One that I tell my players all the time is to use your speed and stay outside instead of always trying to go between defenders legs. Too many players try that same move over and over and don’t realize how much better it is to go hard to the outside and open up the ice for your teammates. Every season if I can get just one of my players to change their game away from that deke to a hard outside rush I feel like I accomplished something.
Another one I drill into their heads is on the penalty kill. Too many players are trying to score a shorthanded goal instead of just trying to prevent one against us. I tell my players to concentrate on clearing the zone first and don’t blow the zone defensively until the puck is out of the defensive zone. Too often a five on four becomes a five on three because a player blows the zone looking for the breakaway pass instead of playing his position.
Don’t be afraid to change out of the offensive zone. Too many players want to play when the puck is in the offensive zone and then are too tired to backcheck and cause the team to play against odd man rushes. I work on my guys to understand how long a shift should be and when they should exit the ice no matter what area of the ice they are in.
Don’t be shy; make sure you talk on the ice. All players need to talk while on the ice. Goaltenders need to let defenseman know what’s happening. Forwards need to talk to the defensemen when looking for a pass breaking out of the zone. Defensemen need to talk to each other and the forwards to know who to pick up on the zone entries by the opponent. Too many players are too quiet and don’t let their teammates know what’s going on behind them and around them.
Play without the puck. A good player understands open ice concepts and passing lanes. Don’t stand still when you don’t have the puck. Keep your feet moving and look for open areas on the ice where your teammate can get you the puck. Be aware of the passing lanes that your teammate needs to use to get you the puck. Don’t stand behind a defender and think you are going to get the puck. Move to open ice and keep moving until you find the right spot to receive a pass.
Filed under: coaching, hockey sense, offensive zone, shorthanded goal
February 20, 2013 • 4:33 pm
Spent some time on the ice with my buddy who coaches a junior team and he had about fifty players on the ice to run a practice. He ran a few half-ice drills on both ends to keep everyone moving and I thought I would share them with everyone. Hope these are helpful in your practices.
I will add these drills to the Half Ice Section of the site.
Half Ice 2 on 1
Dump In to 1 on 1
3 Passes and Shot
Pass To One Timer
Filed under: coaching, Drills, HalfIce
January 20, 2013 • 2:14 am
I came across this site a few weeks back and it is awesome PowerChalk.com
Sometimes it’s just easier to have your players look at video to make them understand what went wrong on a play and many of us just don’t have the time to do chalk talk sessions every week or don’t have a facility where we can get our players together and watch video. The PowerChalk® website enables a coach to upload a video and record voice and screen graphics. You can then embed that video in your own website or send an email link to your players so they can not only watch the play but also listen to your analysis of the play. This allows you as a coach to know that your players can watch the video at home so when you get to the next practice you can talk about it. I know I’ve seen a difference with my team after beginning to use this service. I post the video to our team website and have my players watch my analysis of every goal we give up. I talk on the video about where the play broke down and how we should have played in each situation. You can go in slow motion and easily rewind back to specific spots on the video.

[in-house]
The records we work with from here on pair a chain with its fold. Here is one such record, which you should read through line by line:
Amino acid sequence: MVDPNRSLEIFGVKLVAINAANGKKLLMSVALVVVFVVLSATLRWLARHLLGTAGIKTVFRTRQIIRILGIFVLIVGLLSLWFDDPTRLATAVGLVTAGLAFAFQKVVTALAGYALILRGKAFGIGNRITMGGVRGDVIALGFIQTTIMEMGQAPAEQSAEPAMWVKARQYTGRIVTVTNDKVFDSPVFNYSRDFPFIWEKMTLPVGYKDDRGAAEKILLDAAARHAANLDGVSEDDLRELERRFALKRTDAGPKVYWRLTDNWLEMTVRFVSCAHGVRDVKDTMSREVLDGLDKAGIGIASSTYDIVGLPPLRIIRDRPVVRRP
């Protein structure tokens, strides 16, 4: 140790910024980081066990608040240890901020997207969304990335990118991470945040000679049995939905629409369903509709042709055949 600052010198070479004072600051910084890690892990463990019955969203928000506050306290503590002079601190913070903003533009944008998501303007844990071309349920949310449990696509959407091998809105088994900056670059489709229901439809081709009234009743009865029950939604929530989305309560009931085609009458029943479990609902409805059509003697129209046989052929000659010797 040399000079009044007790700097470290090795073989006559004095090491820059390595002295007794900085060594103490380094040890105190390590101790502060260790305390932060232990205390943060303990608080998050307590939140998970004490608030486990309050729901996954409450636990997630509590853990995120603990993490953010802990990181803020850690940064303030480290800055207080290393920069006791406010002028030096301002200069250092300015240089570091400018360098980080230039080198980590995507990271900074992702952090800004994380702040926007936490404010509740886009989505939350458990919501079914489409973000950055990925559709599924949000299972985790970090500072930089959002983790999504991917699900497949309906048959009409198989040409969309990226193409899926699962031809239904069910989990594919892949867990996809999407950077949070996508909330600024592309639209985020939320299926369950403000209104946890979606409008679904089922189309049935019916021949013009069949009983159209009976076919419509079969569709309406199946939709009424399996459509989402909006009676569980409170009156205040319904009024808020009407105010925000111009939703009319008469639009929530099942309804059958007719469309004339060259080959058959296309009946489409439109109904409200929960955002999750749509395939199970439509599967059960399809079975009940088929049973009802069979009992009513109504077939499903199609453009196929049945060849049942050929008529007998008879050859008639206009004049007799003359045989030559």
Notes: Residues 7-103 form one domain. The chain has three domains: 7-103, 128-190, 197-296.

The cost is very reasonable. They have a free version that allows you to store ten videos and record your analysis for two minutes. A number of different upgrades are available to store more videos and record longer sessions. I use the 100 video storage and five minute recording features and it works great for me. If you have someone that videos your games then I think this is something you may want to take a look at.
From their website:
PowerChalk® is the first and only web-based sports motion telestrator that lets you upload, markup, and voice-over videos without installing high-priced, hard to use (and harder to configure) software. Already in use by Major League players and teams, PowerChalk® is changing the face of sports instruction.
Filed under: coaching
January 4, 2013 • 5:01 pm
I worked this drill at practice last night and really liked the results. You have to keep the tempo high and make sure the players are focusing on making a good pass off the wall. I prefer the players to pass the puck off the yellow dasher and not up off the wall. I think you get a better pass with less flutter to the puck. You can start with the basic drill and then add pressure on F1 and even have F1 join the rush after the pass and have it be a 2-on-1 or 2-on-2. I think getting players familiar with making indirect passes off the wall is a skill that can really help your zone exits and really help a team work with speed through the neutral zone. Hope you find this drill helpful.
Chip To Speed
Filed under: Drills, Passing
December 4, 2012 • 1:09 pm
Got this drill last week and ran it in practice with my team. Drill works really well once you get the timing down. Make sure you have F2 work hard backchecking the inside lane while the D rides F1 off the puck.
Penn State Backchecking
Filed under: Checking, coaching, Drills